Impeachment witnesses push back against being called 'Never Trumpers'

Lt. Col. Alexander VindmanAlexander VindmanImpeachment sets up Ukrainian Americans for 2020 political role Director of National Intelligence Maguire should stand for the whistleblower Adam Schiff's star rises with impeachment hearings MORE and Jennifer Williams, an aide to Vice President Pence, pushed back during Tuesday's impeachment inquiry hearing against being called "never Trumpers." 

Rep. Jim HimesJames (Jim) Andres HimesPelosi faces tough choices on impeachment managers This week: Impeachment inquiry moves to Judiciary Committee Juan Williams: Trump has nothing left but smears MORE (D-Conn.) on Tuesday asked the two witnesses at the third open hearing to respond to attacks by President TrumpDonald John TrumpLawmakers prep ahead of impeachment hearing Democrats gear up for high-stakes Judiciary hearing Warren says she made almost M from legal work over past three decades MORE over the weekend that they were “never Trumpers,” while also pushing back against questioning tactics by Republicans. 

Williams told Himes that she did not know the “official definition” of a “Never Trumper,” but said that she would not describe herself in that way and that she “was not expecting to be called out by that name.” 


Trump tweeted on Sunday that Williams should “read BOTH transcripts of the presidential calls, & see the just released st[a]tement from Ukraine. Then she should meet with the other Never Trumpers, who I don’t know & mostly never even heard of, & work out a better presidential attack!”

Himes on Tuesday described the tweet as “witness intimidation,” echoing an incident last week in which Trump criticized former U.S. Ambassador to Ukraine Marie YovanovitchMarie YovanovitchNunes: 'Sickening' that Schiff obtained his phone records Inventing the 'Deep State' and draining the real one Washington state Democrat announces retirement MORE over Twitter while she was testifying. Yovanovitch said under oath that the effect of the tweet was to “intimidate” her

Himes also asked Vindman, a Ukraine specialist on the National Security Council (NSC), about whether he was a “Never Trumper.” Vindman said he was not, noting he was instead “never partisan.”

Himes also pushed back against an exchange, earlier in the hearing, during which GOP Counsel Steve Castor questioned Vindman, who was born in Ukraine but immigrated with his family to the United States as a child, as to whether he had “left the door open” to accepting repeated offers from the Ukrainian government to become the country’s minister of defense.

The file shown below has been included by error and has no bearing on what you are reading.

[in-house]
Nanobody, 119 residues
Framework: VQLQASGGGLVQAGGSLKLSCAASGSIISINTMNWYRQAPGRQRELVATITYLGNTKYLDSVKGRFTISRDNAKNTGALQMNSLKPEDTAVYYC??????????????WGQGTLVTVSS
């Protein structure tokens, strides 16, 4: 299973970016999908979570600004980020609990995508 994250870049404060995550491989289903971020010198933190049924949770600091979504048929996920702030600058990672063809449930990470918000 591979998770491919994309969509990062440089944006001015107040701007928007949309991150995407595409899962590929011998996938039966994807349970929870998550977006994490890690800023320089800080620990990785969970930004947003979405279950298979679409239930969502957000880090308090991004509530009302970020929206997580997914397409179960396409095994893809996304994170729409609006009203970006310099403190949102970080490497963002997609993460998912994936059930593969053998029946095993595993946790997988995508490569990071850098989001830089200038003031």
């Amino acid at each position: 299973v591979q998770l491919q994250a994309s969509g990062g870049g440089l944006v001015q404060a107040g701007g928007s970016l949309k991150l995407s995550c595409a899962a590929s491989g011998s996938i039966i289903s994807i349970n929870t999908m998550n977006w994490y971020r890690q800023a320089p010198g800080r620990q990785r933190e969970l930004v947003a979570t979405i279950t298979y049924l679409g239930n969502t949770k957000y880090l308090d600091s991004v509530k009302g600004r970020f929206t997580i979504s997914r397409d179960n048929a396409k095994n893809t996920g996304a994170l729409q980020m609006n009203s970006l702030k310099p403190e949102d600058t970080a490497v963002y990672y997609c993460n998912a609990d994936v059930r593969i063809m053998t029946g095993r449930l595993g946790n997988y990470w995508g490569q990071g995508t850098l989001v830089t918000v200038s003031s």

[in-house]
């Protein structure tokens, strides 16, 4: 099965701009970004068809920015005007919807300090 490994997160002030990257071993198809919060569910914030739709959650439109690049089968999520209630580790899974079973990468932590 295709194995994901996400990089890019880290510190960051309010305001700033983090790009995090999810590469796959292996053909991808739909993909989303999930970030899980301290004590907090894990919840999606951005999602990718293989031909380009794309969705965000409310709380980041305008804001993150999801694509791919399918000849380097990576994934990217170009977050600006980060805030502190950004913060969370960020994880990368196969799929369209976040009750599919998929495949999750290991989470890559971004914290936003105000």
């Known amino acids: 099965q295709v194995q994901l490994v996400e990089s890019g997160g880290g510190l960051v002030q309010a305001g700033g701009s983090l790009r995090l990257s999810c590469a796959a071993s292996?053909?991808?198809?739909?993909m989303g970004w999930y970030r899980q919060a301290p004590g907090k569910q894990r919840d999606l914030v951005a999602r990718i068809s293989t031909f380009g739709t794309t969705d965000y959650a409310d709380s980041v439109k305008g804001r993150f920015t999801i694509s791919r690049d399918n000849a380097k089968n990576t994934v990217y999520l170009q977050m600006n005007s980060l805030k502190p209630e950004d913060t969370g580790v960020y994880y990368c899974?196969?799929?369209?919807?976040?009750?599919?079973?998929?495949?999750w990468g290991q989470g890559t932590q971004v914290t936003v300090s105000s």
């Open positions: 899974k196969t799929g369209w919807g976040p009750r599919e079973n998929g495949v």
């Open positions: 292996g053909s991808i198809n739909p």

Vindman pushed back against this, saying he “immediately dismissed the offers, did not entertain them,” and had reported them to his chain of command. 


Himes highlighted this exchange during his questioning, telling Vindman that the GOP line of questioning “may have been cloaked in a Brooks Brothers suit and parliamentary language, but that was designed exclusively to give the right-wing media an opening to question your loyalties. I want people to understand what that was all about.”

Himes tied the questioning of Vindman to the opening statement given by House Intelligence Committee ranking member Devin NunesDevin Gerald NunesNunes: 'Sickening' that Schiff obtained his phone records Trump's exceptionalism: No president has so disrespected our exceptional institutions Schiff: Blowback to obtaining phone records 'has only come from the far right' MORE (R-Calif.) in which he attacked the media for their coverage of the impeachment inquiry. Himes said questioning Vindman’s loyalty to the United States was “the kind of thing you say when you are defending the indefensible.”

“It’s what you say when it’s not enough to attack the media, the way the ranking member gave over his opening statement to attack the Democrats, but it’s what you stoop to when you attack a man who is wearing a Springfield rifle on a field of blue above a purple heart,” Himes said. “I, sir, thank you for your service.”

Follow the rest of the public impeachment inquiry hearing here.